Games were invented by humankind to entertain and challenge ourselves. Electronic games, powered by the latest technology, have exponentially expanded the possibilities for game designers to create imaginative games which help players release stress or even find inspiration.
Arcade game design company 3MindWave, based at the HKSTP-managed InnoCentre, is a rare breed in Hong Kong. Whilst taking on game development projects or localisation work for major brands such as SEGA, it is also designing its own car-racing game complete with a realistic design and g-force effects. With the invention, it hopes to carve a niche for itself in the resurgent arcade games market overseas.
Visible growth in the arcade games market
While 3MindWave’s founder and CEO Pang Shu concedes that mobile games are still the mainstay of the video games market, surpassing even home video games, he firmly believes that arcade games, often thought to have been marginalised, are getting a new lease of life.
He says the global arcade games market is evenly split among China, Southeast Asia, the Middle East, Europe, North America, South America and Japan. The Japan market is almost saturated but the others have been growing in recent years, thanks to the trend towards family-oriented arcade games. In these markets, arcade games are a part of family and leisure entertainment, unlike Hong Kong which is still dominated by games arcades restricted to customers over 16.
In Japan, arcade games are placed next to family-friendly claw machines, photo-sticker booths and basketball games, omnipresent in department stores, supermarkets and even community centres for parents and children to play together. In the US, arcade games are mushrooming in family entertainment centres offering diverse family fun options. Bars catering mainly to adults also have arcade games alongside snooker tables and dart boards for entertainment. With the right hardware and software support and active marketing and promotion, the market for arcade games is thriving.
3MindWave, set up in 2017, is hoping to capture the untapped potential in the market and Pang’s experience and knowledge in the field is certain to come in handy.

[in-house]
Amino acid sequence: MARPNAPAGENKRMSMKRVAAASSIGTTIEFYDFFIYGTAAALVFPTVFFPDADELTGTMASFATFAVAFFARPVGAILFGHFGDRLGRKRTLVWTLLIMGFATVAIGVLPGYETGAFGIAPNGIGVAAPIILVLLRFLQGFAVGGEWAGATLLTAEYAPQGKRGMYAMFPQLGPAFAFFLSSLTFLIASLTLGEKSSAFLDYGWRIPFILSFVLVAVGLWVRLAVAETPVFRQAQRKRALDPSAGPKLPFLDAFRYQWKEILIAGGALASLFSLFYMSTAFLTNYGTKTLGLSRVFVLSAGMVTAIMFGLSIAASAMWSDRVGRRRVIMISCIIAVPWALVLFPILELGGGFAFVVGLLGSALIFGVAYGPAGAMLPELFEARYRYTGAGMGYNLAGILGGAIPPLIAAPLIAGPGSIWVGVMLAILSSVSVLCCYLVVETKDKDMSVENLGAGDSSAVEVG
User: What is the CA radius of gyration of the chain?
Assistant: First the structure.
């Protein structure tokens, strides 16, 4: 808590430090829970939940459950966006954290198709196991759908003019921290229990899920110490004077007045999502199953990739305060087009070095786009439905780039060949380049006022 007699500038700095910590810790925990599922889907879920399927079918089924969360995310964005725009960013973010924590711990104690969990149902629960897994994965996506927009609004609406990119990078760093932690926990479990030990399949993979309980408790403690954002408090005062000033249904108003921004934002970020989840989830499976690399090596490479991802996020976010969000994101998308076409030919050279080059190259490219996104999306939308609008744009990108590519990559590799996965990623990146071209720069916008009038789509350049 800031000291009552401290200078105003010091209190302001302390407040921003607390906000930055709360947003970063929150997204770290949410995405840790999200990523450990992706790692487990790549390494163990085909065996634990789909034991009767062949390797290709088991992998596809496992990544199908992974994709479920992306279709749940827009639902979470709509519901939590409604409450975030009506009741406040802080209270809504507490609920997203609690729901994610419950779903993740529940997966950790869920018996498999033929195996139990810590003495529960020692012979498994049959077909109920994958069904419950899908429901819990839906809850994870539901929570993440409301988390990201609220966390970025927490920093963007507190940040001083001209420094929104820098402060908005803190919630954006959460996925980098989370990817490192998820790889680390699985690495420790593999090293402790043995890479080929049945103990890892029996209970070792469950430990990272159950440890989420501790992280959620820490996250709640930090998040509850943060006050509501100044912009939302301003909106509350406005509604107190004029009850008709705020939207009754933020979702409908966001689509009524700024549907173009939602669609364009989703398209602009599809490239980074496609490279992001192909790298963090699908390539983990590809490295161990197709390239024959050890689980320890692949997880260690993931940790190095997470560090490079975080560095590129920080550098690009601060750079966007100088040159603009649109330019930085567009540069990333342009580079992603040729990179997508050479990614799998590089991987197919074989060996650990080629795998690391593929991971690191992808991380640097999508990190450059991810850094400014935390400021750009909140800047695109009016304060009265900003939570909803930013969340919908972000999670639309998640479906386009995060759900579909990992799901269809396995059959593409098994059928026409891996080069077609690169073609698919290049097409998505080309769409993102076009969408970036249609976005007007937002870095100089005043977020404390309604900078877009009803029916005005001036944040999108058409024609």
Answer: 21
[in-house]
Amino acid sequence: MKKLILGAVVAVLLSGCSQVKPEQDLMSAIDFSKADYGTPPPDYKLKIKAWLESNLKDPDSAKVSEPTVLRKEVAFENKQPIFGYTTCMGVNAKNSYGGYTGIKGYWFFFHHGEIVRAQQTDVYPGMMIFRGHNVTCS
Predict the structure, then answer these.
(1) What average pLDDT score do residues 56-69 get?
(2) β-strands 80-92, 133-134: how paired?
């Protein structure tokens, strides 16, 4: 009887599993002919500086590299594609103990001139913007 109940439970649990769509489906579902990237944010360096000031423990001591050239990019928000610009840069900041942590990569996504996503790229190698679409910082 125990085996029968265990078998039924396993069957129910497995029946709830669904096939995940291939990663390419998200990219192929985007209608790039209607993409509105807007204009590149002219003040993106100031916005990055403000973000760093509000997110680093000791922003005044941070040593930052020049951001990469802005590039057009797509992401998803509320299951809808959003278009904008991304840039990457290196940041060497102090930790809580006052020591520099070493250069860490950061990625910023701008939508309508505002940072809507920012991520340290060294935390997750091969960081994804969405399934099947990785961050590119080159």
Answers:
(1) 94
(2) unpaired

Pang studied computer science at a Scottish university and majored in game development, which has since become his calling. He chose game development because it seemed fun. Having gained business and management experience throughout his career, he can say for sure that video game development is a real and no-nonsense field.
Acquiring deep market experience
After he graduated, Pang worked for a Japanese video games company in senior positions in game devleopment, project management, sales, marketing and promotion, based in Japan, China and Southeast Asia. He believes that for a game to be successful, it has to have compelling content and deliver creative and rich experiences that speak to different markets. For example, in mainland China, mobile phones and QR codes are commonly used to record lap time records, while Japan is still using specific games cards. He has helped a Japanese games developer localise a product and swap a card sensor with a QR code scanner.
Based on his years of experience, Pang thought the market was ripe and that Hong Kong was ready to have a home-grown arcade games developer. So he decided to start up 3MindWave. The company has about 20 employees in Hong Kong and mainland China, most of whom are designers and game developers. He leverages his business contacts accumulated over the years to win game development business from former clients and even employers. The work pays the bills, but his ultimate goal is to produce proprietary products.
Patented games in the offing
3MindWave is set to launch its ATV racing game this year. It is a large-scale Somatosensory game featuring all-terrain vehicles. Players can sense realistic motion and thrills. The company is planning sustained global promotion at major industry fairs to market the Hong Kong-made game to the world, and there are already interested buyers from the West.
As 3MindWave’s business looks set to take off, Pang acknowledges the support of HKSTP. The convenient location of InnoCentre has helped the company attract local talent. HKSTP also helped connect it with compatible partners through its business networks. Pang is keen to explore integration of arcade games with the Internet and different industries to provide online-to-offline gaming experiences. HKSTP will serve as a facilitator in the process.